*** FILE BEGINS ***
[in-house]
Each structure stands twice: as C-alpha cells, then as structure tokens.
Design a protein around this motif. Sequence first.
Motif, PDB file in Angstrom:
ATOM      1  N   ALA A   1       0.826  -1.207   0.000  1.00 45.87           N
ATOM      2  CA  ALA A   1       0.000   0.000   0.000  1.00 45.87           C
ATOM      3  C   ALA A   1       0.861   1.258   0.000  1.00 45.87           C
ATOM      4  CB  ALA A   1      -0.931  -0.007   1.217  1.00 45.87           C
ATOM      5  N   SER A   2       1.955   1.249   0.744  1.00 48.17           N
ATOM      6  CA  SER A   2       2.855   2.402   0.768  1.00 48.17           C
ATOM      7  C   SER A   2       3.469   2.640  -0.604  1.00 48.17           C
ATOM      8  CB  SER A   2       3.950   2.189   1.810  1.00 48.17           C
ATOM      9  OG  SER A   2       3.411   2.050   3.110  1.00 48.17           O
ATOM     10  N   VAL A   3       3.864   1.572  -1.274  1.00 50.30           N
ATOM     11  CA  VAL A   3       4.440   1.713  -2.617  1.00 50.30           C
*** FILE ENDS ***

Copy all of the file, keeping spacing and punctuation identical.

[in-house]
Each structure stands twice: as C-alpha cells, then as structure tokens.
Design a protein around this motif. Sequence first.
Motif, PDB file in Angstrom:
ATOM      1  N   ALA A   1       0.826  -1.207   0.000  1.00 45.87           N
ATOM      2  CA  ALA A   1       0.000   0.000   0.000  1.00 45.87           C
ATOM      3  C   ALA A   1       0.861   1.258   0.000  1.00 45.87           C
ATOM      4  CB  ALA A   1      -0.931  -0.007   1.217  1.00 45.87           C
ATOM      5  N   SER A   2       1.955   1.249   0.744  1.00 48.17           N
ATOM      6  CA  SER A   2       2.855   2.402   0.768  1.00 48.17           C
ATOM      7  C   SER A   2       3.469   2.640  -0.604  1.00 48.17           C
ATOM      8  CB  SER A   2       3.950   2.189   1.810  1.00 48.17           C
ATOM      9  OG  SER A   2       3.411   2.050   3.110  1.00 48.17           O
ATOM     10  N   VAL A   3       3.864   1.572  -1.274  1.00 50.30           N
ATOM     11  CA  VAL A   3       4.440   1.713  -2.617  1.00 50.30           C